AAA also asks that Defendants be required to file and serve on AAA, within thirty days of entry of the judgment, a report in writing and under oath detailing the manner in which Defendants have complied with the injunction. Since the reporting requirement is permitted by 15 U.S.C. § 1116(a), which pertains to injunctive relief in the infringement context, the Court recommends that Defendants be required to file such a report.

For the Court's contempt power to apply to this injunction, Defendants "must receive actual notice of the order by personal service or otherwise." Fed.R.Civ.P. 65(d). The Court recommends that Plaintiff be instructed to provide proper service of this order, by personal service to the extent possible, within thirty days, and that Plaintiff be ordered to file a copy of the proof of service.

B. Costs

Plaintiffs have submitted evidence indicating they incurred court costs in the amount of $1, 931.90, including the filing fee in the amount of $400.00, service of the summons and complaint, and courier and messenger fees. (Decl. of Ethan Forrest, Dkt. No. 21-5 ¶ 14, Ex. 1; Supplemental Decl. of Ethan Forrest, Dkt. No. 27 ¶¶ 2-6, Exs. 1-3.) These costs appear reasonable, therefore, the undersigned recommends that the district court award costs in the amount of $1, 931.90.

IV. CONCLUSION

For the reasons set forth above, the undersigned recommends that Plaintiff's motion for default judgment be GRANTED, and that the district court award Plaintiff reasonable costs in the amount of $1, 931.90.

This Court further recommends that Defendants shall comply with the following:

(1) Pursuant to the Court's authority under 15 U.S.C. § 1116(a), Defendants, their agents, servants, employees, attorneys, and any and all persons in active concert or participation with any of them, are hereby permanently enjoined and restrained from:

(a) Using without the authorization of AAA any of AAA's trademarks, logos, and trade names, including, but not limited to, the designations "AAA, " "AAA Approved, " "AAA Approved Auto Repair, " or any other name, logo, or mark that includes the designation "AAA" or that is confusingly or deceptively similar to any of AAA's trademarks, logos, and trade names, either alone or in conjunction with other words or symbols, as part of any trademark, service mark, logo, trade name, corporate name, assumed name, domain name, website, or email address, on or in relation to any goods or services sold or provided by the Defendants, or in any other manner; and
(b) Using the AAA Marks in any form or manner that would tend to identify or associate Defendants or their business or services with AAA, including, without limitation, in the marketing, promotion, advertising, identification, sale or distribution of goods or services, or in any other manner.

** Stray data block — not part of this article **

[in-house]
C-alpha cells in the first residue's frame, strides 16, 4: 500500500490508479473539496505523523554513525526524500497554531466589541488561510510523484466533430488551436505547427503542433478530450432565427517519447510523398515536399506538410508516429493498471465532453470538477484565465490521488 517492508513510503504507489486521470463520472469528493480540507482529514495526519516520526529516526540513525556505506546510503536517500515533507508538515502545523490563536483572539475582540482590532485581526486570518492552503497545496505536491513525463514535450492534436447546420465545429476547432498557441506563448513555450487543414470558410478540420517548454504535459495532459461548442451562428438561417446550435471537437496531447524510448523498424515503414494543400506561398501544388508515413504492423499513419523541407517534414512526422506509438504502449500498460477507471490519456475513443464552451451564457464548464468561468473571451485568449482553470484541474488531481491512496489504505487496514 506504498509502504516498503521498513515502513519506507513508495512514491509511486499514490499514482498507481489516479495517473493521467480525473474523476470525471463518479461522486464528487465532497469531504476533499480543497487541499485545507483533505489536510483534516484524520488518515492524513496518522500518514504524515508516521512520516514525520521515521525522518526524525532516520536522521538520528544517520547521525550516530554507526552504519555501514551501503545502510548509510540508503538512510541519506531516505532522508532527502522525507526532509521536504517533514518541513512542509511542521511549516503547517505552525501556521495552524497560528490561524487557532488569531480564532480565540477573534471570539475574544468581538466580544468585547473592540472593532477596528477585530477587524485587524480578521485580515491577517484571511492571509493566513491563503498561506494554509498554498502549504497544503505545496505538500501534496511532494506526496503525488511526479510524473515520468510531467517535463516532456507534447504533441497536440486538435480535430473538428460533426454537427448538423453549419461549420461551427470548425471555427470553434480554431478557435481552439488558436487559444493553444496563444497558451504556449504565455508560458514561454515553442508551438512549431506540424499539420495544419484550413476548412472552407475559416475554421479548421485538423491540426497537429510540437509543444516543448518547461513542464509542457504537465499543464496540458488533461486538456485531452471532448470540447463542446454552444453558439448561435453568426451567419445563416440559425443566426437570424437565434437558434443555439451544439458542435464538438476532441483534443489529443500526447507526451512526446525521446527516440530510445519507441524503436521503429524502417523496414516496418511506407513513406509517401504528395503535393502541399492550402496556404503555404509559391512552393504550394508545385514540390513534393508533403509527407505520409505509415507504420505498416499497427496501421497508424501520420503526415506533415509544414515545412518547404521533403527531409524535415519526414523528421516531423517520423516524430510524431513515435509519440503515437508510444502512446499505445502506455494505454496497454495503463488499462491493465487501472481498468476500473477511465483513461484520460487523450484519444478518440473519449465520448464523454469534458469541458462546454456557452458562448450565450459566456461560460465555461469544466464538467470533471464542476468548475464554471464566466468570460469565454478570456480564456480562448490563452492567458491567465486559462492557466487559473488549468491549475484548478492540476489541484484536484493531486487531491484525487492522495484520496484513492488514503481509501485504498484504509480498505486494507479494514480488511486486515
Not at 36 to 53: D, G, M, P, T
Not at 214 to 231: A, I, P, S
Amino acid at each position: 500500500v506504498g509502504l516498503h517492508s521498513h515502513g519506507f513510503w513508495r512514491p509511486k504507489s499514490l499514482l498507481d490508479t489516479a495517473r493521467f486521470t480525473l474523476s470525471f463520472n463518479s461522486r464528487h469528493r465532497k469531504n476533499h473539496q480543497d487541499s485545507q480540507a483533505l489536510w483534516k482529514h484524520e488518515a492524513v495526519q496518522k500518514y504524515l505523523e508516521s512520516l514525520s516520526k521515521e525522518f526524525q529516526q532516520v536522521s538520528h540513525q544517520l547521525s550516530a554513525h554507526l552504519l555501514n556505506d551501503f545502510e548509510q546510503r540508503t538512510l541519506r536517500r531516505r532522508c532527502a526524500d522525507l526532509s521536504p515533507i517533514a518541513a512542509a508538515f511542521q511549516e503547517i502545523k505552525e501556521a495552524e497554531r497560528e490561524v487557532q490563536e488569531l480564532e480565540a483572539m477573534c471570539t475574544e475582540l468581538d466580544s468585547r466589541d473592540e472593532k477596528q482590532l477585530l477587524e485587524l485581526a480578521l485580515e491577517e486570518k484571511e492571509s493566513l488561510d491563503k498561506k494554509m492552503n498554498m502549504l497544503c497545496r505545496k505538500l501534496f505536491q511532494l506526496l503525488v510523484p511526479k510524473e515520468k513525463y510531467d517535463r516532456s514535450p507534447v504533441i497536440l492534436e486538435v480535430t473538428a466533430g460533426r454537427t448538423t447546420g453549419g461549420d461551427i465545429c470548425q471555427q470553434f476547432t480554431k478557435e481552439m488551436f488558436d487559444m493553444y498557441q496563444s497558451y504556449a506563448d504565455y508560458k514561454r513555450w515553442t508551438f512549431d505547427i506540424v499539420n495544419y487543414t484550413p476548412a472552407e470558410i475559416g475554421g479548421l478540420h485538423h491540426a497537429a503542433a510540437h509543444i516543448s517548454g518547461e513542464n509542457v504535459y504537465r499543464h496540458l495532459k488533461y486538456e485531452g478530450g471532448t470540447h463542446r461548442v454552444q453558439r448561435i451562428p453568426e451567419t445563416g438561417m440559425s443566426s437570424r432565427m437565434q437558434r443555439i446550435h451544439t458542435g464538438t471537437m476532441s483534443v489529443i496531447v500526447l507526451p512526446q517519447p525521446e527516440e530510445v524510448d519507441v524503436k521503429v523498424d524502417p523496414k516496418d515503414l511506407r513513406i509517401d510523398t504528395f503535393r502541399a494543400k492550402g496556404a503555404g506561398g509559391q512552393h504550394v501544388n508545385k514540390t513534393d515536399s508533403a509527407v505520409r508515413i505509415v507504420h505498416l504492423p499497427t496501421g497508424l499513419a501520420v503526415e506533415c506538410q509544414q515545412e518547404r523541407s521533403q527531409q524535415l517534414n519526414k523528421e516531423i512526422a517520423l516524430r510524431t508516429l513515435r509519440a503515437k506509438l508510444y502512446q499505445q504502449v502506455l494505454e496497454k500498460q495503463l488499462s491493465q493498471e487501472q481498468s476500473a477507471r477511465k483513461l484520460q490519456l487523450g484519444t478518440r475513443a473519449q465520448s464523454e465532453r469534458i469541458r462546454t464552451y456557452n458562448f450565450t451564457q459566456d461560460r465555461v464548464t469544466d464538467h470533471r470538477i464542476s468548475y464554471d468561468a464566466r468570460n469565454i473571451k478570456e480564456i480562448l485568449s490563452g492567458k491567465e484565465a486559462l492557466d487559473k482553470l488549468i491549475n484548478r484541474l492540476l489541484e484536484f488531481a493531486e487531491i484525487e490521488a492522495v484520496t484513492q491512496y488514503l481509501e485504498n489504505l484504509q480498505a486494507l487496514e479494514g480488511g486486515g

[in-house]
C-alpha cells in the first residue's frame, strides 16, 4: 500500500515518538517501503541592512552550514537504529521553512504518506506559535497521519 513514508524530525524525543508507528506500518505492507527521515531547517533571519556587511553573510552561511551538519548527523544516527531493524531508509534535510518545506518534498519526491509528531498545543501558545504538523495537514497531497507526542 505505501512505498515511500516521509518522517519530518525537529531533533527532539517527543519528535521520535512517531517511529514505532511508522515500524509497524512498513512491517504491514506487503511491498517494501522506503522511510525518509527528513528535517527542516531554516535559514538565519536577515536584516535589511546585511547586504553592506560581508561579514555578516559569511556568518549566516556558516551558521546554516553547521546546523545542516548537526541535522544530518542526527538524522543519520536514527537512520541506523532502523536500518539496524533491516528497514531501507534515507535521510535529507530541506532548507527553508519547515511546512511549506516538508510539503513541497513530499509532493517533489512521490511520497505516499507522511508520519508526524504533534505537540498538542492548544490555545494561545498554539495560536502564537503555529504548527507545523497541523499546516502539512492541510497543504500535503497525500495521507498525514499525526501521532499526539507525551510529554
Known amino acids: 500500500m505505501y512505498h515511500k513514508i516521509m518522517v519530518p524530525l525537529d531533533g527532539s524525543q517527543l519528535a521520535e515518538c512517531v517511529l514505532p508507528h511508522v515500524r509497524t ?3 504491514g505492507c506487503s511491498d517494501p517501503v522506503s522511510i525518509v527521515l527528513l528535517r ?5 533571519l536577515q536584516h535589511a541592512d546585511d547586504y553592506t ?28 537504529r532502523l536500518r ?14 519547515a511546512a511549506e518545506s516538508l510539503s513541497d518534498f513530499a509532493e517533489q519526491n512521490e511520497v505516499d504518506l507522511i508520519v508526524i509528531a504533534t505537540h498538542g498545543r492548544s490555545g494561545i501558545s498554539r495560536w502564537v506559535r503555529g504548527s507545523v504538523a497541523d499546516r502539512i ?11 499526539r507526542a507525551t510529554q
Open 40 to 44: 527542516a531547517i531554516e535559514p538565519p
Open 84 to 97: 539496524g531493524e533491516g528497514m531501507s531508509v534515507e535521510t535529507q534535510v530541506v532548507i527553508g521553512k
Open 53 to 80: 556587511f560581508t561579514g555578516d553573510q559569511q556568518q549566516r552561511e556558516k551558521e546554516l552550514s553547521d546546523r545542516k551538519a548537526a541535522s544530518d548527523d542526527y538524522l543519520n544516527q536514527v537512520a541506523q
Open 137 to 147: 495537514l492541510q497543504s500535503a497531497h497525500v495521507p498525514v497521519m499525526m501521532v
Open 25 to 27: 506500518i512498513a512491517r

(2) Pursuant to 15 U.S.C. § 1118, Defendants shall destroy all literature, signs, labels, prints, packages, wrappers, containers, advertising materials, stationary, Internet content, websites, email addresses, computer files, software, and any other items in their possession or control that contain the infringing designations "AAA, " or any term, symbol, or logo confusingly similar to "AAA, " either alone or in combination with other words or symbols and to destroy all computer back-up files and tapes, plates, molds, matrices, masters, and other means in their possession or control of making any of those infringing items.

(3) Defendants shall file with the Court and serve on AAA, within thirty days after entry of an injunction, a report in writing under oath setting forth, in detail, the manner in which they have complied with the Court's injunction and orders. Judgment shall be entered accordingly.

Additionally, Plaintiff shall serve copies of this report and recommendation on Defendants.

Any party may file objections to this report and recommendation with the District Judge within 14 days of being served with a copy. See 28 U.S.C. § 636(b)(l); Fed.R.Civ.P. 72(b); N.D. Civil L.R. 72-3. The parties are advised that failure to file objections within the specified time may waive the right to appeal the District Court's order. IBEW Local 595 Trust Funds v. ACS Controls Corp., No. C-10-5568, 2011 WL 1496056, at *3 (N.D. Cal. Apr. 20, 2011).

IT IS SO RECOMMENDED.


Buy This Entire Record For $7.95

Official citation and/or docket number and footnotes (if any) for this case available with purchase.

Learn more about what you receive with purchase of this case.